The Eleanor Roosevelt Papers, Digital Edition > My Day
My Day by Eleanor Roosevelt

[Original version of the column. Text in red are tagged with <sic> (needs correction); text in purple are tagged with <orig> (needs regularization); and text in blue are tagged names of persons or organizations. View emended version]


WASHINGTON—We left Mrs. Glenn Work's house this morning, just outside of Morgantown, at seven o'clock and had a beautiful drive through the mountains of West Virginia.

I could not help reflecting on the different types of girls and women that I had seen in the short space of three days—the gay, prettily dressed and on the whole more sheltered group belonging to the Chi Omega and dining at the Greenbrier Hotel; the mixed group at Alderson Prison, ranging from old to very young, entirely illiterate to highly educated, totally impassive to high-strung and sensitive; the young people who graduated yesterday from high school at Arthurdale, children of homesteaders, thinking already of marriage and homes of their own, no economic security and a trust in the future and the hope of youth in their eyes. The older people in the audience at the second part of the music (festival) last night were enthusiastic, applauded the dancers, deeply interested and critical too because they knew all the different sets. They were able to forget hardships and enjoy it and yet many of them could tell tales of kaleidescopic lives, drab enough in spots and hum drum enough but with a desperate excitement arising from the one great adventure of searching after some kind of security which will make tomorrow's bread an assured thing!

Back in Washington to find everybody hard at work. Mrs. Scheider and I had a hurried lunch in my sitting room and started at once on the mail, two visitors, one a woman on her way to England for a World Fellowship Meeting and one who came to discuss how vocational education should be acquired. It seems to require the whole library of books and a very representative group of people to really discuss it satisfactorily. Then a young Phillipine lady, Mrs. Geronima Peason, principal of a school in Manila, to tell me of the things of interest to women in the Phillipines. Women everywhere seem to have much the same interests.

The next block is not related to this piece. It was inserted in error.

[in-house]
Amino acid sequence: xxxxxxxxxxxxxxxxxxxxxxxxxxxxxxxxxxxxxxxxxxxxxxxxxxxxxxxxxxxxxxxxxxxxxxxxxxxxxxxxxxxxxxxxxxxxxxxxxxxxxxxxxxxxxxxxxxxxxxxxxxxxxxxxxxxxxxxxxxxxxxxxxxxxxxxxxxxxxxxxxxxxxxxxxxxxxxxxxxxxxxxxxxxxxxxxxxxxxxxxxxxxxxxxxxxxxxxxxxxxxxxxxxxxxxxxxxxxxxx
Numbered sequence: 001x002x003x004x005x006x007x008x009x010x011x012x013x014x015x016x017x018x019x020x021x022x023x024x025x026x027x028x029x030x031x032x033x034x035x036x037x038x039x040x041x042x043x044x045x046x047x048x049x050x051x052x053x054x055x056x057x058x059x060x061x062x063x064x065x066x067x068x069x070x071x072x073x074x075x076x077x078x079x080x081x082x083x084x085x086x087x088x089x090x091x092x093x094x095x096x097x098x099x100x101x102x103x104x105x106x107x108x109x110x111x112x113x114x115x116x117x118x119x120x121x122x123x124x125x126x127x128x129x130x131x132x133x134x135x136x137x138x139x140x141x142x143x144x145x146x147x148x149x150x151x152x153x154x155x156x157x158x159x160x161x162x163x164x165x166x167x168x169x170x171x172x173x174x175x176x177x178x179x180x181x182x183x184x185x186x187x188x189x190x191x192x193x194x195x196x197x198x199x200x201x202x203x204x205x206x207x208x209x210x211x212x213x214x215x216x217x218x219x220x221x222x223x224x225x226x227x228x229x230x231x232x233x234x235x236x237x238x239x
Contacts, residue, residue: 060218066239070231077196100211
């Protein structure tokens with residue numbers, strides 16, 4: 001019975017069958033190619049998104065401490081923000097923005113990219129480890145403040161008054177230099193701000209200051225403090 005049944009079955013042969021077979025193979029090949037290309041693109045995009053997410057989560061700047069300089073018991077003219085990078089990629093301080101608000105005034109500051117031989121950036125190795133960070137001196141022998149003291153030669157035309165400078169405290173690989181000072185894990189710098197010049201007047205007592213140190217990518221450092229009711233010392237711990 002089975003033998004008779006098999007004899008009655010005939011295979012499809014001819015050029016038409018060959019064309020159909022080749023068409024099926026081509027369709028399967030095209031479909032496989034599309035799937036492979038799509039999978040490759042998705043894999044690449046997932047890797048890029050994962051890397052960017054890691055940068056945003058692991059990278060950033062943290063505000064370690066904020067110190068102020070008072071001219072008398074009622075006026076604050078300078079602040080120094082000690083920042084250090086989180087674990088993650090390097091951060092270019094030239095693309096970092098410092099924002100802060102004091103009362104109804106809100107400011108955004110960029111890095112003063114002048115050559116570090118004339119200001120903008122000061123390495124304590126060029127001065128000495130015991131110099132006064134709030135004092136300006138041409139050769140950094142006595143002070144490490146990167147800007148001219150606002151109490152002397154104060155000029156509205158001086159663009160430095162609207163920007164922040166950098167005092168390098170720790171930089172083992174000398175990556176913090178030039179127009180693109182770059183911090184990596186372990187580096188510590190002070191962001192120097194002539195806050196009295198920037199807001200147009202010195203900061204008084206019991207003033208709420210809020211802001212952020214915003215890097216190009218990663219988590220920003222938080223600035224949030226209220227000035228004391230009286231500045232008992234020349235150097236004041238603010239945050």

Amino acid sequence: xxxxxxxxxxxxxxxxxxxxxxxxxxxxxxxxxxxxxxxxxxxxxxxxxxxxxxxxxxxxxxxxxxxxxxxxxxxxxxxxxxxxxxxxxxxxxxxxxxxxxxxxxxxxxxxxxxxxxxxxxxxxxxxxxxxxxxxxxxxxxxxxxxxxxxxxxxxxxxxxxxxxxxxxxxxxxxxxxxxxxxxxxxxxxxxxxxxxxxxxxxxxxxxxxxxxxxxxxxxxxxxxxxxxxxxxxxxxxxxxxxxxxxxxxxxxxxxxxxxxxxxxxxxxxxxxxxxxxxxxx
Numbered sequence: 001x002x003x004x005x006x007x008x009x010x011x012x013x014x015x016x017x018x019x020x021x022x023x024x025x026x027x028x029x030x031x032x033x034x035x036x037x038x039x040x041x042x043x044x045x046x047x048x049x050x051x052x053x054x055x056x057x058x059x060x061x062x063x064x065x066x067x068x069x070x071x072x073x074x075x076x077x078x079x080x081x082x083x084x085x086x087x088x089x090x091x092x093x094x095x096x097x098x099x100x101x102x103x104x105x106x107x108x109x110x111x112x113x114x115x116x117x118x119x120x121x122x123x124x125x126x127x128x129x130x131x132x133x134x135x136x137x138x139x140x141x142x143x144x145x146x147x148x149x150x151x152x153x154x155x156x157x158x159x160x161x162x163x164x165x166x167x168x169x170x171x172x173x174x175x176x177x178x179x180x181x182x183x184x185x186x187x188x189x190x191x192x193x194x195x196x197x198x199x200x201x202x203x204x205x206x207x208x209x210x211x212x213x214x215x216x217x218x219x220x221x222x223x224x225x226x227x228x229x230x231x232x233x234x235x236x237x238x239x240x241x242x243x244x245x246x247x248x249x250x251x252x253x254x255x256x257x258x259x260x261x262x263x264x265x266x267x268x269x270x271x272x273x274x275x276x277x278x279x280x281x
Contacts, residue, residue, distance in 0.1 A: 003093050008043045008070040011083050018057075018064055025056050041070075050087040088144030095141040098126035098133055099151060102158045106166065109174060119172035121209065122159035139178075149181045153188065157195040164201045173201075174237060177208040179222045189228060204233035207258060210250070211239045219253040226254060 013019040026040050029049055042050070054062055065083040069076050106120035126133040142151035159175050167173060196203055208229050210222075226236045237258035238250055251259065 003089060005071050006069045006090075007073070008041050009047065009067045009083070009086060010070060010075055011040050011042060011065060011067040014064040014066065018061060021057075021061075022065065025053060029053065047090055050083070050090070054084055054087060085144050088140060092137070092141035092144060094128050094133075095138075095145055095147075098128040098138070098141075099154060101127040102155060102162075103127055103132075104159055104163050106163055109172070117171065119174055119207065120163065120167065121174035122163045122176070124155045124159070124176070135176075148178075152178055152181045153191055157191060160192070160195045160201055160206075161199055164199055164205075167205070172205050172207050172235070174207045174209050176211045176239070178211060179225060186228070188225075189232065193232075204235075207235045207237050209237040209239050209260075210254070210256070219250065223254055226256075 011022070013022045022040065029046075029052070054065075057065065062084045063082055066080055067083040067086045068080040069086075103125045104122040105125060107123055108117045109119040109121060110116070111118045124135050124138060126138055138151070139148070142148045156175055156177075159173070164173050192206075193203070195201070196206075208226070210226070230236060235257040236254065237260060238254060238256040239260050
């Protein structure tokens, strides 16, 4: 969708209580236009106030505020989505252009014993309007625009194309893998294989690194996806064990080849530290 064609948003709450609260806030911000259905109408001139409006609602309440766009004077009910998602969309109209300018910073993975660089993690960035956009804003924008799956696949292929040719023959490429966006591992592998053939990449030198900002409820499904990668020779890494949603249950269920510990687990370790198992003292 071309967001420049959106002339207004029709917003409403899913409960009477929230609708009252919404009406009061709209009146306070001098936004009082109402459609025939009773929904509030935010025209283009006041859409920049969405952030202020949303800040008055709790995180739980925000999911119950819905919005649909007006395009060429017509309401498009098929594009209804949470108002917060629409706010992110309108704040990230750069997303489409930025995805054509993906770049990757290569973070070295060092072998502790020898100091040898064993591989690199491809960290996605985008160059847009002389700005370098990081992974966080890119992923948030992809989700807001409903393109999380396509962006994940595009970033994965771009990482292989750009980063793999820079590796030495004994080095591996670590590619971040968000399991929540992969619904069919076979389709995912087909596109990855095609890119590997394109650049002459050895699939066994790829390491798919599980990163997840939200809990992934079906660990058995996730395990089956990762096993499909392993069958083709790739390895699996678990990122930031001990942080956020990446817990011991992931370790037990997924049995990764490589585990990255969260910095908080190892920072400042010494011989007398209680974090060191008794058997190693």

Dinner and the whole evening on my mail which does seem to have accumulated a little!


Names and Terms Mentioned or Referenced

  • Washington (D.C., United States) [ index ]

About this document

My Day by Eleanor Roosevelt, June 26, 1936

Roosevelt, Eleanor, 1884-1962
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Digital edition created by The Eleanor Roosevelt Papers Project The George Washington University 312 Academic Building 2100 Foxhall Road, NW Washington, DC 20007

  • Brick, Christopher (Editor)
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  • Regenhardt, Christy (Associate Editor)
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  • Black, Allida M. (Editor)
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  • Binker, Mary Jo (Associate Editor)
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  • Alhambra, Christopher C. (Electronic Text Editor)
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Digital edition published 2008, 2017 by
The Eleanor Roosevelt Papers Project

Available under licence from the Estate of Anna Eleanor Roosevelt.

Published with permission from the Estate of Anna Eleanor Roosevelt.

MEP edition publlished on June 30, 2008.

TEI-P5 edition published on April 28, 2017.

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Transcription created from a photocopy of a draft version of a My Day column instance archived at the Franklin D. Roosevelt Library. My Day column draft dated June 25, 1936, FDR Library, Hyde Park, NY
TMsd, 25 June 1936, AERP, FDRL